Job Numbers Normalizing, but Don’t Expect an “Employer’s Market” Anytime Soon
The recent job numbers may have surprised Wall Street and even some jobs report watchers who thought the September numbers would be half what they were. Understandable if those predictions were based on industry surveys and the steady increase in interest rates designed to slow the economy and scare away inflation. However, according to Brian Miller, the CEO of Patrice & Associates, the macro demographics tidal forces that have been building for decades may be playing a bigger role than anyone expected. Conscious Capital Growth business accelerator connected for this month’s round-up.
CCG: What’s the news this month? It seems job growth continued to surge despite efforts to dampen consumer spending, business growth, and corporate investment.
Miller: Jobs watchers were surprised that September’s interest rate hike seemed to have little effect on companies’ job creation and their need for more workers. U.S. employers added 336,000 jobs in September, and the unemployment rate remained steady at 3.8%. To put that number in perspective, the unemployment rate was 3.5% just before the February 2020 pandemic-fueled layoffs. It feels like we have a new normal.
CCG: What is causing the resiliency?
Miller: Historically, raising interest rates has been an effective tool for slowing the economy, and it may still be. The question is how high do rates have to go to counter the macro trends that few talk about in terms of employment impact? And when I say counter, I mean slow job growth enough to balance out the unemployment rate.
CCG: What macro trends continue to make it a “job seeker’s market?”
Miller: Let’s start with the numbers. On the last business day of August 2023, there were 9.6 million job openings and 6.4 million unemployed people to fill them. Three trends are fueling this imbalance. First, droves of Baby Boomers who left the job market during the pandemic have not returned. That left a gaping hole in the job pool of experienced, qualified workers. Second, Baby Boomer’s children had far fewer babies than generations before them. Ann Oberhauser, professor of Sociology at Iowa State University who spoke at the World Economic Forum, laid it out very clearly, “Post-Boomer generations in the United States have seen a 50% decline in birth rates between 1950 and 2021 from 25 births per 1000 people to 12.” So, the pool of workers right behind the Baby Boomers is smaller still. All that, combined with the third trend, the trajectory of our immigration policy, will significantly affect the nation’s supply of workers in the future.
CCG: How is this impacting your firm and staffing and recruiting in general?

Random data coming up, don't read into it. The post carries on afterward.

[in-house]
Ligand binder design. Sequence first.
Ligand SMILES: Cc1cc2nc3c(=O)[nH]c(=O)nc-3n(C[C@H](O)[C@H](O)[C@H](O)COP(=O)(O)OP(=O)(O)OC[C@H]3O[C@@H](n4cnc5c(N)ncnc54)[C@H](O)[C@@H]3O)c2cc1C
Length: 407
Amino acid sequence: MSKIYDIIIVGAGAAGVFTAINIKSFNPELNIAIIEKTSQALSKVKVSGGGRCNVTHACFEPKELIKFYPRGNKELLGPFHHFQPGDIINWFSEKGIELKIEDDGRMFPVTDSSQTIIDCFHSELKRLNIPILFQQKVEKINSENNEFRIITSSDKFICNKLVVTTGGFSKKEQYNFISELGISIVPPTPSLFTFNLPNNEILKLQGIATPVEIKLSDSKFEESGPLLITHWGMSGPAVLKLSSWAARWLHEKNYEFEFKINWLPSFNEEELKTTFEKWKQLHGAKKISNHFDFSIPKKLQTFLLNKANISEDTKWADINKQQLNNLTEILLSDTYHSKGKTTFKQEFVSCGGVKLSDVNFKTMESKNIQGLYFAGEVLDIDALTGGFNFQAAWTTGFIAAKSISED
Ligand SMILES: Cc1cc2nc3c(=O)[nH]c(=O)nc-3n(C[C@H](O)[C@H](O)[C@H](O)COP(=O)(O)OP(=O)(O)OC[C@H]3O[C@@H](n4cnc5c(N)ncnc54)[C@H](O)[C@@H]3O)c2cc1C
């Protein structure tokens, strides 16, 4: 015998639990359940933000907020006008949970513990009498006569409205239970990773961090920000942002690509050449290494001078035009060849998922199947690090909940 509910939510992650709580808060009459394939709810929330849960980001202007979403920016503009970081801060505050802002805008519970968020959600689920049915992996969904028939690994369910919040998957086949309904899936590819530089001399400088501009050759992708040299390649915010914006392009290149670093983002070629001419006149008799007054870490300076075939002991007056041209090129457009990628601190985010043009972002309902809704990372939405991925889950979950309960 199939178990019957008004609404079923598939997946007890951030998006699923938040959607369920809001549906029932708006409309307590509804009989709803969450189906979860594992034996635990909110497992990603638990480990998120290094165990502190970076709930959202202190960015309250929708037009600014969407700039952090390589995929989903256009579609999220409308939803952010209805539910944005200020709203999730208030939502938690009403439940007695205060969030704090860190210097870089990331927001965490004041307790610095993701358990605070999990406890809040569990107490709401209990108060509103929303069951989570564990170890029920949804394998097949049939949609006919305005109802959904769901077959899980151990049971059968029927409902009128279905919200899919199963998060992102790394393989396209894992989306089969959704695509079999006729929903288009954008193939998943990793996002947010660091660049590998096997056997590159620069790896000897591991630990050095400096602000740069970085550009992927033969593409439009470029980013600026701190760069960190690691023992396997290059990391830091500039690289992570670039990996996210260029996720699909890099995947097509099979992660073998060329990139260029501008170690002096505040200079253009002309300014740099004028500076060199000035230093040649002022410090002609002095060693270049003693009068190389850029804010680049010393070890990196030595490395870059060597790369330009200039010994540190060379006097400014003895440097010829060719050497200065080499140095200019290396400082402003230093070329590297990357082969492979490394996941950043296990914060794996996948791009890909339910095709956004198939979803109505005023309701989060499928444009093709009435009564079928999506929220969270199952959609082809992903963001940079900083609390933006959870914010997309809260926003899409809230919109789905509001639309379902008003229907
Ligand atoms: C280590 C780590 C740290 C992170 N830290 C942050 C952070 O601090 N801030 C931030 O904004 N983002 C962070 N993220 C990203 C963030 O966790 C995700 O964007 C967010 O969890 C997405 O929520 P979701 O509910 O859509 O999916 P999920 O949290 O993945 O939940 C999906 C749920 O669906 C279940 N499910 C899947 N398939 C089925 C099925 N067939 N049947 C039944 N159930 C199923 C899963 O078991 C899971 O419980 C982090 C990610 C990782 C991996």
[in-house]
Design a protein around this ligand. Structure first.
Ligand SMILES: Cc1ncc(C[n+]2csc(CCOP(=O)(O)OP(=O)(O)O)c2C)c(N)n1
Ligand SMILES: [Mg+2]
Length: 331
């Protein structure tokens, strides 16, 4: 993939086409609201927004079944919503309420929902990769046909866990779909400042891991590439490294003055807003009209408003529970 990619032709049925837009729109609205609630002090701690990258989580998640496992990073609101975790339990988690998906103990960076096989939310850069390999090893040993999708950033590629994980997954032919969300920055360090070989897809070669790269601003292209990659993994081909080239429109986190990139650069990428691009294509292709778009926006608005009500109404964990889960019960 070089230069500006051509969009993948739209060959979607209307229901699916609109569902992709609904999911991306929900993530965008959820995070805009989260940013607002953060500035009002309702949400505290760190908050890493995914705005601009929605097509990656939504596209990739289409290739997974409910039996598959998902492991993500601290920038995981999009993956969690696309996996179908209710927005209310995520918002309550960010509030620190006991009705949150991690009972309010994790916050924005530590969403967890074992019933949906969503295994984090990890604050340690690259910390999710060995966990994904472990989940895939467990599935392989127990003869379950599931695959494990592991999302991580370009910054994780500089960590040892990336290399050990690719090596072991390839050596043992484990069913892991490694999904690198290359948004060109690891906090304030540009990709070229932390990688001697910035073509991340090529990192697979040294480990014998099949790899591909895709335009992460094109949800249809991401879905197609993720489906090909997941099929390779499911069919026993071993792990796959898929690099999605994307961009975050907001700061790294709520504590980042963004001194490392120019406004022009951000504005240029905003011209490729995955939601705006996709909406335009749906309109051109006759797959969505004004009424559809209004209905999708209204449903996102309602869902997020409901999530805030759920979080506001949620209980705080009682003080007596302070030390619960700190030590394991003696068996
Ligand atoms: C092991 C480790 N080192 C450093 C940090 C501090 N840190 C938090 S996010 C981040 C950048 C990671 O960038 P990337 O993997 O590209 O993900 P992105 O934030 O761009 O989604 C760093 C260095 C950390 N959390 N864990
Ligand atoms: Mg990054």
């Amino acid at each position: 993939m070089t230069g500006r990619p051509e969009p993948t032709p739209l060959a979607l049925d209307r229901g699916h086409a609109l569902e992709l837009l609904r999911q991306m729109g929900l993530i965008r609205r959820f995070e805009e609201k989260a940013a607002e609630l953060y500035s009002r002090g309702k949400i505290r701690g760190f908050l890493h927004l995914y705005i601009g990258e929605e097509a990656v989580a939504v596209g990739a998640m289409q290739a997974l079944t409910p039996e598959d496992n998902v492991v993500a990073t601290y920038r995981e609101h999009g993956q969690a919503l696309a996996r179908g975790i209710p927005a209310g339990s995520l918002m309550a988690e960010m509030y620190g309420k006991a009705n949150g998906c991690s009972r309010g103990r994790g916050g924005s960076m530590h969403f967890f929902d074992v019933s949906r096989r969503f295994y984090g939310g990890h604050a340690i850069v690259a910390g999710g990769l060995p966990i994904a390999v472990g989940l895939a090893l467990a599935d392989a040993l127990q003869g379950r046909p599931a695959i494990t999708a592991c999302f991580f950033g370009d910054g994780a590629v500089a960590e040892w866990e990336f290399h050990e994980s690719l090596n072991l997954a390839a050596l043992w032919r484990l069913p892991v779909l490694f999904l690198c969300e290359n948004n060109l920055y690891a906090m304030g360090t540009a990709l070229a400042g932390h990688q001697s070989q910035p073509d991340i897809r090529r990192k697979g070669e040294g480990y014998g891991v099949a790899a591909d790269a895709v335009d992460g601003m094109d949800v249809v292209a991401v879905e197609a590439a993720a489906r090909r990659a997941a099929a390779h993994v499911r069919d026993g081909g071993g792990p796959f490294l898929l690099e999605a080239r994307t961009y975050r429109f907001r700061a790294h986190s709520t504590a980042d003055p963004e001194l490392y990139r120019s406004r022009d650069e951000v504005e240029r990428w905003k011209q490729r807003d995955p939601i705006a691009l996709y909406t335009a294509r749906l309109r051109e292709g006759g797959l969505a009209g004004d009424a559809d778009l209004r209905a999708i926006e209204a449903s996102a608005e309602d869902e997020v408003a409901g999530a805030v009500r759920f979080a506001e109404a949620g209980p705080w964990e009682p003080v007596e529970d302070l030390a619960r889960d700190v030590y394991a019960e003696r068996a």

Miller: This job seeker’s market is one of the reasons why Patrice & Associates is seeing more and more companies turn to staffing and recruiting firms to help them find the best talent. Another reason is that employers are getting more selective with their hiring processes. That can mean slow, and with 3.8% unemployment, being slow means they risk missing out on the best person for the job. Plus, hiring managers are realizing they can’t just post a job on a job board and expect to find that dream employee. The people companies are looking for are already employed. Locating and landing them quickly, without a staffing and recruiting company, is next to impossible.
CCG: Is the hospitality sector experiencing the same pattern?
Miller: Leisure and Hospitality was the all-star this month. The sector added 96,000 jobs, which led the pack in job creation despite fears of a softening economy. Employment in food services returned to its pre-pandemic employment numbers, while accommodation, i.e., hotels, ended the month just below its pre-pandemic employment levels. We’re seeing robust hiring in hotels/accommodation at Patrice & Associates, which is rapidly becoming a sub-specialty for us.
CCG: Do you think it will be more of the same in the months ahead?
Miller: Although we’re no longer in the post-pandemic hungry-hiring surge when companies were grabbing up people and throwing the salary charts out the window, companies must still compete for the best workers. Salary offers and quit rates at last are coming back into balance with pre-pandemic levels. The big exception is the Leisure and Hospitality industry, which remains higher than other sectors, thus fueling movement in that vertical.
CCG: What can derail business expansion and job growth?
Miller: We live in a world with rising interest rates, increased yields on treasury notes, surging energy prices, labor strikes, and the strong possibility of another government shutdown. These wild cards could take the recessionary “soft landing” off track. You can’t rule out a curve ball. However, so far, the job market has remained resilient through it all.